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The Daily Dispatch: September 6, 1862., [Electronic resource], The battle of Friday last, and particulars Connected Therewith. (search)
loss terrible. Gen. Ewell's division, particularly the brigades of Gens. Early, Lawton, and Trimble, engaged the enemy very soon after Jackson's division, and to the left, and fully sustained the reputation this veteran division had heretofore achieved. The battle raged fiercely until 9 o'clock at night, when our troops rested upon the battle-field. Gen. Ewell was shot through the knee. Gen. Trimble it is said in the foot. Gen. Taliaferro in the arm, neck and leg the first wound, being the only one of any consequence, disabling him. Col, Neff, 33d Va., was killed. Col. Botts, 2nd Va., severely wounded. Col. Griggsly, 27th, wounded. Maj, Nuelenbonach and Col. Rowan, 2nd, severely wounded. Maj. Terry, 4th; Maj. Scott, 25th; Capt Fulton Lieut. Meade Lieut Arnett and a number of other officers wounded, and many killed whose names were not reported at the time our inform and left. Gen. Longstreet's forces were seen debouching from the Thoroughfare Gap during the fight.
la or other tantalizing raids during the advance. Ministers arrested for not Praying for Lincoln. The United States steamer Cahawba arrived at New York on Tuesday from New Orleans, having on board the Rev. Messrs. Leaccek, Goodrich, and Fulton, pastors of Episcopal churches in New Orleans, who were sent to New York for refusing to pray for the President of the United States. A letter from New Orleans to the New York Herald says: These three gentlemen having persistently refused agreed to read the service over the body, and afterwards, at the remonstrance of his church members, declined. Dr. L is an Englishman by birth, but an American by naturalization. Dr. Goodrich is the rector of the church which Major Strong closed two Sundays ago. He is a native of New York, but has resided South almost from instance Mr. Fulton was a private in the regiment known as the Confederate Guards, and candidly avows himself an unconditional Secessionist. He is a Scotchman by birth.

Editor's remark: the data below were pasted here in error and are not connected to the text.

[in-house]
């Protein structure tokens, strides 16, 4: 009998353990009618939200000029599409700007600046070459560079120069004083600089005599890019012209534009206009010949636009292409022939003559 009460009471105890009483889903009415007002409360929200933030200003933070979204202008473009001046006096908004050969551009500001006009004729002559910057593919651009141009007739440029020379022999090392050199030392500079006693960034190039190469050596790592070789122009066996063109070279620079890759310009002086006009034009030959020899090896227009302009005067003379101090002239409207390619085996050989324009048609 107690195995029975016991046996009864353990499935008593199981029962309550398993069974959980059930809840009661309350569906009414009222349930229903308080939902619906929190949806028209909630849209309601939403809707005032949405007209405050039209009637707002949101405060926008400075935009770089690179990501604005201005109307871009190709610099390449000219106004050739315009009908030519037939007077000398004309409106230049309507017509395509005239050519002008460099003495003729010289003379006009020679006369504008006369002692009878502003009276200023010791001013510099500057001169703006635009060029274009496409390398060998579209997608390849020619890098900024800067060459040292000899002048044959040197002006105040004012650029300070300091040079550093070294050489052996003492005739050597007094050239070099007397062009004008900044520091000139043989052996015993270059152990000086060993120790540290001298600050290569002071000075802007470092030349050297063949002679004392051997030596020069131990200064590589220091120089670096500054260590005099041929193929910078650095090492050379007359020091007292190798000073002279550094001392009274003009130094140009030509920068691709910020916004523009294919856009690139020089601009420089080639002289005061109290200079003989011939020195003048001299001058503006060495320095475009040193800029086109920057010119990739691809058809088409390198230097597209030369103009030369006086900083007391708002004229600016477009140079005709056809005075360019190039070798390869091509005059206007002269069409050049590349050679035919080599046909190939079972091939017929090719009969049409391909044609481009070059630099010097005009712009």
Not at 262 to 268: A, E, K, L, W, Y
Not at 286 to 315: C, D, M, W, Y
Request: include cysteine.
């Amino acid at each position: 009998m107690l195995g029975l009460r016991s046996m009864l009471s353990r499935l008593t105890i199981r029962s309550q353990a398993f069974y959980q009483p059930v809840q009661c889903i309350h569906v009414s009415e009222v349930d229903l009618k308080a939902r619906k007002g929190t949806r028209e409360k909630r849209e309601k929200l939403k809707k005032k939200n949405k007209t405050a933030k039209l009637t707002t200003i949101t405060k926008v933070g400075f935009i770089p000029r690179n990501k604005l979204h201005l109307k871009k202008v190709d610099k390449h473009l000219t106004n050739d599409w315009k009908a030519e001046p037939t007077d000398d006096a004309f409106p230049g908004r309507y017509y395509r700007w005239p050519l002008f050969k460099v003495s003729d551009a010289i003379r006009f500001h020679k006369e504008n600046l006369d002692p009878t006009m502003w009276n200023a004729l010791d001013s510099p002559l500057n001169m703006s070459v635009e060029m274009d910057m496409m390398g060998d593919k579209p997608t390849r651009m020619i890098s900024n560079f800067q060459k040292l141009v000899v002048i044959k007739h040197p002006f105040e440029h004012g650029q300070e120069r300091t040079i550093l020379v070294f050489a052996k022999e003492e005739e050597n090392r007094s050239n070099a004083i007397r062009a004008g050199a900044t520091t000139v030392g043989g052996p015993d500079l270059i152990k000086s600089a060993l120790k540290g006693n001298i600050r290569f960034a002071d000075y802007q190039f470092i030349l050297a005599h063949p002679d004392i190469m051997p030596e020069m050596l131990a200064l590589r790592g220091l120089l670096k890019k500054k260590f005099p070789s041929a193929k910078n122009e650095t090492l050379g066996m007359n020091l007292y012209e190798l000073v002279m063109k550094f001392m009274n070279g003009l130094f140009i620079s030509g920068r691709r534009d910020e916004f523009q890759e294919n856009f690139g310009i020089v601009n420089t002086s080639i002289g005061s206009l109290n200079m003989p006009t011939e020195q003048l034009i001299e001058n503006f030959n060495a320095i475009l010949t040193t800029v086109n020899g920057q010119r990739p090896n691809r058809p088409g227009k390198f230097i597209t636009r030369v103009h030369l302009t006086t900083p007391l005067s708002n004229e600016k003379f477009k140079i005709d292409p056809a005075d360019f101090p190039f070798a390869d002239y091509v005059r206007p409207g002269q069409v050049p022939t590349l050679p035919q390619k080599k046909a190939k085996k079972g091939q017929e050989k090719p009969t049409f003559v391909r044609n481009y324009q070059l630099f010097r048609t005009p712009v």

ot praying for Lincoln, one of them desired a friend in that city to make to the country a true statement of the case. That friend has written a letter to the Mobile Tribune, from which we extract the following: Revs. Leacock, Goodrich, and Fulton, It is known, have been arrested and sent, I understand, to Fort Lafayette. My informant states that the Rev. Dr. Hodges, also of New Orleans, is to share the same fate next week. Why he was respited so long I did not learn. The charge agaed and instructed the people on the stirring topics of the times. But with all his threats and bravado, he could not now the spirits of these Christian men. They left in fine spirits, and triumphed in the hour of triumph of the "Beast." Rev. Mr. Fulton waved his hand to the friends who crowded the wharf to see them off, and exclaimed exultingly: "When we return to you, friends, it will be under the glorious banners of the Confederacy" Some one asked him if he were not afraid to express him
few minutes Mr. Johnson, of Bedford, appeared with a message from the Senate announcing to the House the readiness of that body to proceed to the execution of the join order for the election of Senator, and that no further nominations had been made. The Clerk proceeded to call the roll, which resulted as follows: For W. C. Rives--H W Sheffey, Speaker; F T Anderson, S P Baily, R H Baker, jr, Wood Bouldin, A S Buford, Ed O Berks, Jas W Curtis, Robt J D Davis, E B Dice, A B Evans, J G Fulton, M Harrison, H L Hopkins, W Hust, Alex Jordan, B H Magruder, Mason Matthews, P W McKinney, Philip Pitman, Joseph H Prince, Nat Siddick, Geo E. Rives, W Robertson, Peter Saunders jr, John Staples, F G Taylor, V Vaiden, Jas Walker, Chas Williams, Jas L Wilson--31. For Chas W. Russell--Wm A Bredford, A Brooks, John R Edmunds, W A Fleming, John Gatewood, Thos C Green, Wm Johnson, M R Kaufman Albert Laidley, A W McDonald, Duncan McLaughlin, C W Murdaugh, B P Noland, John Orgain jr, Israel R
ls are reported to be 40,000 strong at Hagerstown, Md, and fortifying. The troops at Harrisburg are expecting marching orders immediately. Gov. Curtin received a dispatch from Chambersburg which states that Jenkins was at Waynesburg, twelve miles from Chambersburg, Saturday evening. He had been plundering the houses among the mountains. Gen. Couch has received a dispatch confirming the report that the rebel cavalry were at Gettysburg. The force that went to McConnelsville, in Fulton, to 25 miles from Chambersburg, helped themselves to whatever they wanted in the stores, collected together a large number of cattle and horses, and then moved off towards Hancock, Md. A small mounted force rode into Frederick, Saturday, paroled the sick soldiers in the hospitals, took a few horses, and left. No attack has been made so far on Harper's Ferry. Three thousand laborers have been called into service, and negroes freely impressed, for the thorough fortification of Balti